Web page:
After everybody has had their machismo moments, Sanjay Dutt (Policegiri, 2013) and Saif Ali Khan are late entrants to the mega club.
We’re talking about the south style magnanimous films which gave blue-chip returns to Salman Khan (Wanted – 2007, Dabangg – 2010, Dabangg 2 – 2012), Ajay Devgan in Singham (2011), and the Shahrukh Khan record breaker, Chennai Express.
This time though, Saif Ali Khan, totally revamped from Bond’s Agent Vinod (from the 2012 film of same title) to rustic Raja Misra doing a lot of Sharp Shooting (forget your H when you enter this territory, it’s their Special English dialect) gains little advantage.
Raja crashes into a marriage celebration to save him from chasing goons (a routine in the land where he lives so no explanation/flashback is needed) and meets Rudra, a like minded friend played by Jimmy Shergill.
The duo become unlikely heroes with their so far untested talent, and form a Jay-Viru gang (Sholay, 1975), beginning a saga of success summed up by the line, ‘Raja aur Rudra sab ke Viruddh (Raja and Rundra against everyone)’.
What happens when their reign is challenged by a league of extraordinary opponents including a powerful politician, billionaire business tycoon and deadly hitman? Well, continue watching the never ending episodes of violence to find out.
|Is there any? It could be called the story of a maverick in the dusty and fiery backdrop of Uttar Pradesh politics, but it hardly interests anybody and raises no curiosity.|
|Saif Ali Khan disappoints if you expected another ‘Langda Tyagi’ (Omkaara, 2007), Jimmy does a good job, the others just hang in while Vidhyut is wasted.|
|The biggest setback is direction, Dhulia’s work succeeds in totally disconnecting viewers and earning their discontent.|
|The makers create a very realistic UP and maintain standards till the end just like Tigmanshu's earlier flicks Sahab Biwi aur Gangster 1 and 2. Fight and chasing scenes are shot well and won’t let you fall asleep.|
|Sajid-Wajid produce their very characteristic music. Except the title, all songs are passable, RDB’s single qualifies for a cool party song.|
|Those (including me) going to cinemas to see it as another rugged up Tigmanshu Dhulia blockbuster will be hugely disappointed, it’s not another Agent Vinod but doesn’t do much better either. Review Scores by Saurin Shah.|
All things seem fine with the movie, good actors, and a director with expertise in the subject and top class production. But sadly all this put together can’t make the movie work. The problem lies in the level of disconnect you develop right after the first half hour.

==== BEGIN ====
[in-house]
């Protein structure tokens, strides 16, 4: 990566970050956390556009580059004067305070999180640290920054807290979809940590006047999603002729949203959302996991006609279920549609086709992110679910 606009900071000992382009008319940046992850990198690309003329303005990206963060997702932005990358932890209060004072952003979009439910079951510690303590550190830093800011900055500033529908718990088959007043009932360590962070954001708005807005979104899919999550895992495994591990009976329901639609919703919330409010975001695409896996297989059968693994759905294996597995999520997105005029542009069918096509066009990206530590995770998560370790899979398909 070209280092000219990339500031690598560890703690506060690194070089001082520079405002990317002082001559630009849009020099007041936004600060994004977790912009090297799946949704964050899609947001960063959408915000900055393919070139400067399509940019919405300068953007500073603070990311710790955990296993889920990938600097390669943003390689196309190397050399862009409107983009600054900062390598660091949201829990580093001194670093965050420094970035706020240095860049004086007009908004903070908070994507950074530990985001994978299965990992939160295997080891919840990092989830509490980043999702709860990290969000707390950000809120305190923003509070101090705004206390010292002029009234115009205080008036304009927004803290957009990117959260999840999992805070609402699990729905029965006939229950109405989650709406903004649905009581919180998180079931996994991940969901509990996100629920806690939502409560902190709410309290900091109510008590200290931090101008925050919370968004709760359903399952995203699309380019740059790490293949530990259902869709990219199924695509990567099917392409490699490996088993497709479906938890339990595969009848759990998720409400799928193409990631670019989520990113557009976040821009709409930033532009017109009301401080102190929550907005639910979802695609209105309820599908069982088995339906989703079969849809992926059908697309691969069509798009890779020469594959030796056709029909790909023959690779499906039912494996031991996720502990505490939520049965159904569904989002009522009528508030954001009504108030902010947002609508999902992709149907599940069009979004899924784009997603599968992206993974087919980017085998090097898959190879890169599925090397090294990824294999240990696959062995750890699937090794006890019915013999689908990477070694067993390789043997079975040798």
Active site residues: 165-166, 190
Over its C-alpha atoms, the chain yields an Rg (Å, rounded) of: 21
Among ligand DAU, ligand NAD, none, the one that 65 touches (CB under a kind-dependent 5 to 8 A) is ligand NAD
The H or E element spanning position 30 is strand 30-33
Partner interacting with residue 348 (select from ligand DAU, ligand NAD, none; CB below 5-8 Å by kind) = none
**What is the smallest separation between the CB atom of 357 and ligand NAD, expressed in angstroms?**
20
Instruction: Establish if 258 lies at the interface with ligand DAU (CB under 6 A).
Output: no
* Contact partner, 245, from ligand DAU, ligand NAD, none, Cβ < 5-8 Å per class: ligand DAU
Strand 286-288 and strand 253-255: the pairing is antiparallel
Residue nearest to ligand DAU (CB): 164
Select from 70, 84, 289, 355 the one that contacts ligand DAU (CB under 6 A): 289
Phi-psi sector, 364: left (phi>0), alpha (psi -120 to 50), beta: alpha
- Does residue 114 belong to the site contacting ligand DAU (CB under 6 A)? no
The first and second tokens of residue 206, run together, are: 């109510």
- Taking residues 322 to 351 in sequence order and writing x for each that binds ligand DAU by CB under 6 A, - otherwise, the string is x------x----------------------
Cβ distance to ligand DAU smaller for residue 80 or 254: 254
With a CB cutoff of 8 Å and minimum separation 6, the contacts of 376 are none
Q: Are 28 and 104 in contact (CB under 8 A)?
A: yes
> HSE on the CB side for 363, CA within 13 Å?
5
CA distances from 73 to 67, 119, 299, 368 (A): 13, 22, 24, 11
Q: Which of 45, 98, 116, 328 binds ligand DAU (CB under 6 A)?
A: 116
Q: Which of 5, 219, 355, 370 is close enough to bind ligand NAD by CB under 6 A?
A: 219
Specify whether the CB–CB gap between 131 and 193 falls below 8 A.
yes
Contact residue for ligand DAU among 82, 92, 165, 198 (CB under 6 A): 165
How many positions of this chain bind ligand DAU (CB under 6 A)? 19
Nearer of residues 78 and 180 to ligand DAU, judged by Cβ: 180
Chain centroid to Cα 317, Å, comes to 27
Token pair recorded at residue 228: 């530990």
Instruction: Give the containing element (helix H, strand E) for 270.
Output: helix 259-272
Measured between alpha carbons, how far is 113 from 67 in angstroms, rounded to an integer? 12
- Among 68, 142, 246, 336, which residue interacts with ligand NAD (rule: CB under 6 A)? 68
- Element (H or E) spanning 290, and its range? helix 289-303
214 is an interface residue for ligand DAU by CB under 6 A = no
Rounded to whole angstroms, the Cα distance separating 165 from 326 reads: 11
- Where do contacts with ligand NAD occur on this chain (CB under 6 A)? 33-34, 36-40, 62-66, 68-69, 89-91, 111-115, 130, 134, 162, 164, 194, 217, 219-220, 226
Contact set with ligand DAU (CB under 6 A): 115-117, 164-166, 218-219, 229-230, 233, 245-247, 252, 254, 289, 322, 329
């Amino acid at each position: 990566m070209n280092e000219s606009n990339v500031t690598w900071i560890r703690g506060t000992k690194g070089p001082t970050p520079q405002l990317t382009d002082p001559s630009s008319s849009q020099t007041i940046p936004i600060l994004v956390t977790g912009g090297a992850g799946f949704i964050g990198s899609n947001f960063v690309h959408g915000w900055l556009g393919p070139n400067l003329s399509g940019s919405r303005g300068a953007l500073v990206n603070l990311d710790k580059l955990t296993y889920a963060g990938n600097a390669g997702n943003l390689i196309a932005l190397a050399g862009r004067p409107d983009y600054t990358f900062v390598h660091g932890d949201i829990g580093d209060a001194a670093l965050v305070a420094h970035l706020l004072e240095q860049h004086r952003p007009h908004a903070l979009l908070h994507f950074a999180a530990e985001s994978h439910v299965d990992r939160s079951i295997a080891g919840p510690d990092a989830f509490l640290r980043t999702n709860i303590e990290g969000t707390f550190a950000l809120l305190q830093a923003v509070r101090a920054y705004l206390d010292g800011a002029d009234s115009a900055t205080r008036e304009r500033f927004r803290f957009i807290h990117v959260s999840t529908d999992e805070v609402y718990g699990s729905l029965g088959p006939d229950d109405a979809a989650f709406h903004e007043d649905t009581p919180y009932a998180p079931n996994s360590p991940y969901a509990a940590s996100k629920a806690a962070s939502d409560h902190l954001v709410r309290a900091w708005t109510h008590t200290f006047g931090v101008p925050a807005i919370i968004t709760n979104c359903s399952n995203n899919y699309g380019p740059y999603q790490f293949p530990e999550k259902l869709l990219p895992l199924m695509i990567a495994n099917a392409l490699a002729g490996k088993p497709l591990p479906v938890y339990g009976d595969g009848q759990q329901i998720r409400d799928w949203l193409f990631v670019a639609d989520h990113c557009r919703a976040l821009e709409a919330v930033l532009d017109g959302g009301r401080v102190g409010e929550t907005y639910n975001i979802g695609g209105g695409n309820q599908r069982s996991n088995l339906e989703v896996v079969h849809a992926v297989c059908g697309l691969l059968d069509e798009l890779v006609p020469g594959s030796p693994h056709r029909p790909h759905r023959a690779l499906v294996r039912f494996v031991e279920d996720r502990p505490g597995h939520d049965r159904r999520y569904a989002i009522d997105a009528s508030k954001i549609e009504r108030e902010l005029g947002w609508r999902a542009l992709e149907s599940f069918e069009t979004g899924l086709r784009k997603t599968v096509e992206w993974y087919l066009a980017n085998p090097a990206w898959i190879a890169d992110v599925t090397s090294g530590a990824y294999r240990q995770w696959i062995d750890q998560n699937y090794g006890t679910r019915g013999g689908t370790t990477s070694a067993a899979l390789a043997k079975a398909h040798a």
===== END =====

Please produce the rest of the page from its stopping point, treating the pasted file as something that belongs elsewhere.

The way it has been directed makes you so indifferent to the events that you hardly care about what happens to whom and care little to wonder what’s going to happen next. I was personally chatting on my phone during the movie and I didn’t even have to tell my friends that I was in a cinema hall.
Direction and cinematography is good in parts, especially the action sequences which are filmed very well and as an exception to rest of the movie.
You can’t take your eyes away during Saif’s chasing scene at the building construction where he throws a brick at the goon and of course the whole fight sequence involving Vidhyut Jammwal as we all know his marital arts is truly electrifying (in Hindi “Vidhyut” means Electricity!).
It’s the pace of the movie and screenplay that irks you as a viewer, a good film should be gripping at least, better editing may have saved the film.
Saif does a fair job but a lot more was expected from the award winning ‘Landga Tyaagi’ as he fails to create the macho-protagonist impact to join the league of Dabangg or Singham.
Also, he delivers the much hyped puchlines, ‘Hum aaenge to Garmi badh Jaegi, Patal chal hi Jaega’ and ‘Aurton ki Respect kare Hai’ at such lame moments that the lines go completely unnoticed and I miss those whistles and hootings!
On the contrary, Shergill continues his dream run with moustache and Tigmanshu following Saheb Biwi aur Gangster 1 and 2 (2011, 2013) and even Tanu Weds Manu (2011). Vidhyut as mentioned earlier actually sets the temperature high but is introduced too late and is left with only a climax and a tiny anti-climax.
Sonakshi fills up the girl’s quota and is rather blended awkwardly in the whole soup of Raja Rundra and others.
She does a regular protagonist’s love interest act which has almost become common with these over the top action films, and it’s high time she takes up more roles like this year’s period classic, Lootera (2013). Mahie Gill gets a ‘blink and you’ll miss it’ role only to remind you that she is a member of team Tigmanshu.
Music and background score are given by Sajid-Wajid who produce a typical album with a catchy title song, a raunchy item number, and a melodious duet, ‘Saamne hai Saweraa’, that may remind you of ‘Chori kiya re Jiyaa’ from Dabangg.
‘Bullet Raja’ sets the pace of the movie while ‘Don’t Touch my Body’ is a treat for a special category of audiences and is likely to be played in rural marriages and parties across the country.
RDB special, ‘Tamanche pe Disko’ has got some interesting lyrics and has become a popular club song, probably the only of its kind with a gun as a prop in its choreography.
In a nutshell, Bullett Raja is potentially a good movie gone wrong due to various factors. You might watch it if action is your favourite genre and adore Dabangg style films, or if you are a Sonakshi fan.
I personally went because of the director Tigmanshu Dhulia and hoping that Vidhyut was in a strong antagonist role, which ended in disappointment, but it’s not a bad film altogether if you are seeking some time pass.